Real Life: 'Why I walked Britain's coastline'
Despite suffering hypothermia, trench foot and braving raging storms, Cambridge dad Chris Howard completed an epic 11,100-mile charity walk of Britain’s coastline, as he tells Louise Cummings
Dad of three Chris Howard is no stranger to adventure. His list of daring exploits includes cycling Paris to Cambridge non-stop, trekking the foothills of the Himalayas and rowing the Atlantic with his best friend. “We were the first unsupported crew to row the Atlantic since the original crossing in the 1800s,” explains Chris. “It took 105 days and was the toughest thing I’ve done as we were stalked by sharks, sprung a leak, lost power so had to navigate by the stars, and both suffered skin infections. It was a life defining journey, that really set the tone for the next 10 years.”
Those arduous days at sea certainly helped to build the endurance and survival spirit needed on Chris’s latest adventure, which has dominated his life for the best part of two years.
He set off from Heacham in July 2020, on a mission to walk the coastline of Britain, surviving on minimal kit, and relying on the kindness of strangers. Heading clockwise from Norfolk, he'd navigate by OS map, GPS and the stars, sleep mainly outdoors and forage for food where necessary.
It was a wrench to leave wife Abigail, twin daughters Elsa and Nala, 8, and his youngest, Aria, 5, but Chris was motivated by the opportunity to raise money for Children in Need.
“I thought it would push me both mentally and physically, but my primary aim was to raise money for Children in Need because there are a lot of young people in the UK that are struggling,” he explains.
Though Chris had estimated the walk would take a year, it actually took 450 days, with Boris’s Christmas 2020 lockdown halting progress for four months.
Whilst the weather was fine, Chris was able to pitch his tent, but when it became inclement, he had to be a little more inventive with his sleeping arrangements.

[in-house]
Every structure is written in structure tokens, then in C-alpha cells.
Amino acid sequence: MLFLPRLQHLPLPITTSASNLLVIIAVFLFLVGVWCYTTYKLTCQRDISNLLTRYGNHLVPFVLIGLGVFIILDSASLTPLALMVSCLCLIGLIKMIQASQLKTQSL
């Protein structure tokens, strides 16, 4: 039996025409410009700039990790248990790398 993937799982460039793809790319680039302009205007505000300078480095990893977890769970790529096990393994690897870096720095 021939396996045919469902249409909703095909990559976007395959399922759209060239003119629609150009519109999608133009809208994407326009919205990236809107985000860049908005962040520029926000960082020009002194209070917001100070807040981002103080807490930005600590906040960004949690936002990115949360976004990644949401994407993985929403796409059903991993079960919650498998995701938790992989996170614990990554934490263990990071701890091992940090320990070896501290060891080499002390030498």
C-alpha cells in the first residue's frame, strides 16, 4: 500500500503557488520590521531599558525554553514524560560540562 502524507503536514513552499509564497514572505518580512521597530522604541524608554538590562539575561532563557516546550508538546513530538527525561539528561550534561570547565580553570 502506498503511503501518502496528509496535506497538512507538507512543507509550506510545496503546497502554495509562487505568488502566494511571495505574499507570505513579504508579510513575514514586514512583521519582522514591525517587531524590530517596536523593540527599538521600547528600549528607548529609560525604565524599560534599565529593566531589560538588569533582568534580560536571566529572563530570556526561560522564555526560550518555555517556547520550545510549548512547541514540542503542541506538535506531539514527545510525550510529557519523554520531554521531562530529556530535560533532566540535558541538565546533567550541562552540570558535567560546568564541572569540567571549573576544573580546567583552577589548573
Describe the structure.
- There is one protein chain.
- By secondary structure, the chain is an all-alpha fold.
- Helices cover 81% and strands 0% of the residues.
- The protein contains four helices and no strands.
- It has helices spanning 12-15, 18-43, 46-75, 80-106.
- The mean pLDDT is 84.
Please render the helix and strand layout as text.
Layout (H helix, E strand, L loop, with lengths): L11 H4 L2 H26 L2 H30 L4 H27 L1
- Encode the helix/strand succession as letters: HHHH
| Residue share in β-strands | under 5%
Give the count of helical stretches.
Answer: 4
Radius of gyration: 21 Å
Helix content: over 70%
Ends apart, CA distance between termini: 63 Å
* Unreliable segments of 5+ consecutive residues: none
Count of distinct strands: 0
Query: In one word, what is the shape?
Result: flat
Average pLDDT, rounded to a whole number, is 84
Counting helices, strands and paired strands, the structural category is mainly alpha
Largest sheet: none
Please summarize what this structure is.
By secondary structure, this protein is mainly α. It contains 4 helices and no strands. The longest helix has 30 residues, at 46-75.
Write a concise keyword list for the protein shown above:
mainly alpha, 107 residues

“I slept on boats, in grave yards, in a telephone box, which wasn’t very comfortable, in the back of a lorry, in hay barns, a horse box, in a windmill, a lighthouse, on school floors, scout huts and in bothies,” he recalls.
With Chris clocking up marathon distance mileage most days, whilst carrying a 25k rucksack, fuelling his body was a crucial factor.
“I’d basically eat whatever I could get my hands on!” he smiles. “I’d always carry packs of noodles because they are cheap and light to carry. But in the north west of Scotland I walked for 23 days without seeing a single person and you can’t carry 23 packs of noodles, so I foraged and found leeks, turnips, leaves, wild garlic and wild raspberries.”
Passing through so many towns and villages, Chris witnessed the best and the worst of humanity.
“In some towns people assumed I was homeless, even though I was wearing a note explaining my challenge, and I got spat at and pushed around,” he says sadly.
Conversely he encountered heart-warming kindness in more remote regions.
“The reception I got in Filey was amazing. So many people had turned out and they all wanted to buy me tea, cake and fish and chips!” he says incredulously.
Whilst he fell in love with the natural beauty of Wales and Scotland, the latter proved the most punishing section of his journey.
“I hadn’t anticipated how isolated and remote Cape Wrath would be. I encountered really bad storms, got hypothermia and trench foot, and my navigation system didn’t work as there is a magnetic phenomenon there which throws all compasses off,” he recalls. “At one point I had to swim across a swollen river and a dead sheep floated up next to me.”
The highlight of Chris’s coastal pilgrimage was hugging his family as he arrived back in Cambridge on March 5 to a hero’s welcome. “I’d been looking forward to coming home for so long. It wasn’t a case of just seeing family; I needed to breathe that family in, to smell those kids. I needed to feel like I was part of the family again.”
Back home with wife Abigail, who he describes as ‘my rock and support’, Chris is writing a book about his extraordinary adventure, which raised £42,000 for Children in Need
Physically he is a changed man - two-stone lighter and sporting an impressive beard – but what about mentally? “I don’t think I’ve changed?” he muses. “But what I have realised is that, for all the disconnection that Covid brought, there’s still an element of human kindness that prevails.”
Find out more at thecoastwalker.com.
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More by this authorLouise Cummings